I’m not a yoga teacher, but would like to attend, and my friend is partway through her yoga teacher training and is also interested in coming. May we register?

This is a great question. Unfortunately, this is a professional training – whether offered in a retreat format or not – and is only open to yoga teachers or mindfulness instructors. However, your friend is welcome to attend, even though she hasn’t completed her yoga teacher training yet. For more information about admission requirements, please click here.

Is your training registered for Continuing Education credits?

Wavelengths Yoga Studio and School, run by Caroline Owen, is registered with Yoga Alliance and the Trauma-Informed Yoga Training counts towards continuing education requirements with this association.

The Trauma-Informed Mindfulness Training has been pre-approved for continuing education credits with the Canadian Counselling and Psychotherapy Association.

Participants receive a certificate of participation with the number of training hours included, which can be submitted to other professional bodies for consideration for CE credits. Professional associations often allow members to submit applications about trainings completed to be considered for CE credit, so be sure to look into your organization’s procedures.

I am interested in bringing the training to my area. Are you willing to travel?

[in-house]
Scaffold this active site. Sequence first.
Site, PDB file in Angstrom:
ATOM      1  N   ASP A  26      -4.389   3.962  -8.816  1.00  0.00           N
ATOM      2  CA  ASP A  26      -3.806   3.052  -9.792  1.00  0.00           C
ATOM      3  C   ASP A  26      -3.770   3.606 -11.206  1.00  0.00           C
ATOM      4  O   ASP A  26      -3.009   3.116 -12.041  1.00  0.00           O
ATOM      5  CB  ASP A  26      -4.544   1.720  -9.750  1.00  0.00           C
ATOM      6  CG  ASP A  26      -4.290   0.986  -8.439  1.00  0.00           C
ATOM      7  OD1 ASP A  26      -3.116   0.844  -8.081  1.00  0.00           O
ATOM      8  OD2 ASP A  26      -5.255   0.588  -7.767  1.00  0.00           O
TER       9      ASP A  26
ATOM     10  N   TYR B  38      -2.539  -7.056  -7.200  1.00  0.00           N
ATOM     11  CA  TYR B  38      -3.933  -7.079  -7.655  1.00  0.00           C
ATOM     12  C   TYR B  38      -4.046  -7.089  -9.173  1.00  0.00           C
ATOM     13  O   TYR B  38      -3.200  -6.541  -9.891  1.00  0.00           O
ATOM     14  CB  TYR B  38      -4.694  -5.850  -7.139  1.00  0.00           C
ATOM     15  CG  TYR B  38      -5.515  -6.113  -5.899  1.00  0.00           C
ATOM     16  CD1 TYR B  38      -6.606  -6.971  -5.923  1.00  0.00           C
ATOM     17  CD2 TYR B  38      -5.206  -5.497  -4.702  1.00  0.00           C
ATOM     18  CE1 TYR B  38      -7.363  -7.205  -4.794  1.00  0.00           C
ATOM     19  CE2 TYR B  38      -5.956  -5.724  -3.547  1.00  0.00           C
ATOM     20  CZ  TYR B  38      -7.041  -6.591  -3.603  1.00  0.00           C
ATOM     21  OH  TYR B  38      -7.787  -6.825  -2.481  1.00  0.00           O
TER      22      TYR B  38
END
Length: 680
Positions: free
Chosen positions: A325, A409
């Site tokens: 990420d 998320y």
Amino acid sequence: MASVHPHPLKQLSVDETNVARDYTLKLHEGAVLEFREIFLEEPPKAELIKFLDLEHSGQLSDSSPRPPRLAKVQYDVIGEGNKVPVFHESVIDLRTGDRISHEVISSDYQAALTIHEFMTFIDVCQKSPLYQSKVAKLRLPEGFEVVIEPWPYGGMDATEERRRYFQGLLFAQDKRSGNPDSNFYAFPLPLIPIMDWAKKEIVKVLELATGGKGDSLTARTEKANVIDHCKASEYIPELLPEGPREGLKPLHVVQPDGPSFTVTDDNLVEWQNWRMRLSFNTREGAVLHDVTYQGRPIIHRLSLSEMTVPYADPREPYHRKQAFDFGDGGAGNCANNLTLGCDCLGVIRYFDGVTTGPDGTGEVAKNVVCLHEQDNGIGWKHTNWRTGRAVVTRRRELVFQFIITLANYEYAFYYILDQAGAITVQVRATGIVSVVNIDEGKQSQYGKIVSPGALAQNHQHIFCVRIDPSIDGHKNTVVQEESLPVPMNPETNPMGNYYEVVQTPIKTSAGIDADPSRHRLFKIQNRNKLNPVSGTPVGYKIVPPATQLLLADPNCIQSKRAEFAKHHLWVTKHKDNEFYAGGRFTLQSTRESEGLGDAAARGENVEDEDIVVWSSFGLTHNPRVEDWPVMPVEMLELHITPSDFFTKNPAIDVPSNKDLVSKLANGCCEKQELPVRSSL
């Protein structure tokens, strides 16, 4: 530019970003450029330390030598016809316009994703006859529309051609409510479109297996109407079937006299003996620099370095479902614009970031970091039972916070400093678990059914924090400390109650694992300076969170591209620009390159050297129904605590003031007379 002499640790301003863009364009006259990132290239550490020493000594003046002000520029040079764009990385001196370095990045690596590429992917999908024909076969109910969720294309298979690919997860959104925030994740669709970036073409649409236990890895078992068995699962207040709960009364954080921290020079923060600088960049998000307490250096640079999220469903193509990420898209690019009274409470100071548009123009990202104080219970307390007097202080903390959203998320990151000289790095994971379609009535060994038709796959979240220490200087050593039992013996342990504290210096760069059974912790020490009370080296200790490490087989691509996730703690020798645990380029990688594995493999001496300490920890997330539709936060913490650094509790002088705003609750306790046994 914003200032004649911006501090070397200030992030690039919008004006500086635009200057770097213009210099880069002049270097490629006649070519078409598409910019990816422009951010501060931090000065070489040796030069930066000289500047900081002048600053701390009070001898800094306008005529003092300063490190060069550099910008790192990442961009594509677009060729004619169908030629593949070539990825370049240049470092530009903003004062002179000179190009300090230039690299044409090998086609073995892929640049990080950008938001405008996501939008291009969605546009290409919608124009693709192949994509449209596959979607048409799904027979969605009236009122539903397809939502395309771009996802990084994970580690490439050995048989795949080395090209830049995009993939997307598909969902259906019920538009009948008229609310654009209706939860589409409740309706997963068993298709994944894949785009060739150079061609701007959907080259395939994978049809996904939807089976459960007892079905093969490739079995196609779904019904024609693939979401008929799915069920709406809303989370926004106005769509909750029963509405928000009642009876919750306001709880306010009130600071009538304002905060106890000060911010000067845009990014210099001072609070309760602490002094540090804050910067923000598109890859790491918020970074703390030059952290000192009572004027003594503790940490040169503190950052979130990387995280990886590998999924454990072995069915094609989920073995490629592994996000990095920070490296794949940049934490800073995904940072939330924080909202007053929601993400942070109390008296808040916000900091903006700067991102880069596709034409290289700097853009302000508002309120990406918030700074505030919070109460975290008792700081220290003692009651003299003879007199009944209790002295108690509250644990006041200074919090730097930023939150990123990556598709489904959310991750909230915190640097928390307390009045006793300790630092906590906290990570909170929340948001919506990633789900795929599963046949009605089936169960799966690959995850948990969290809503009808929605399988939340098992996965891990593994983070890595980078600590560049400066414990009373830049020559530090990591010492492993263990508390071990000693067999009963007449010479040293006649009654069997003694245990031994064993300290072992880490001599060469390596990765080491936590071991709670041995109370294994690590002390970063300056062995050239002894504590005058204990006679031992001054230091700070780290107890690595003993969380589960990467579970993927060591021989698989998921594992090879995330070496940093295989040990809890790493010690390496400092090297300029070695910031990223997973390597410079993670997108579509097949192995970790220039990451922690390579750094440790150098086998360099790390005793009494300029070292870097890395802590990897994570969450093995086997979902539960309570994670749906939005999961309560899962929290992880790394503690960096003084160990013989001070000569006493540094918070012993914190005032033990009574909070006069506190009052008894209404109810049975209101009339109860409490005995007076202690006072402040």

Yes! We are happy to take this training on the road and come to your city, province, state or country. For more information, please visit Host a Training or contact us to discuss availability and logistics.

What does this training “certify” me to do?

These experiential learning trainings offer numerous practical techniques, skills, frameworks and principles that you can practice on yourself and integrate into your work with students/clients. The degree to which you can integrate this material into your existing work will depend on the ethical and legal limits of your scope of practice as well as your current level of comfort, training and experience. This training will not qualify you to be a yoga teacher, mindfulness or meditation instructor, Yoga Therapist, trauma therapist or Somatic Experiencing™ Practitioner – further extensive training is required to obtain these credentials.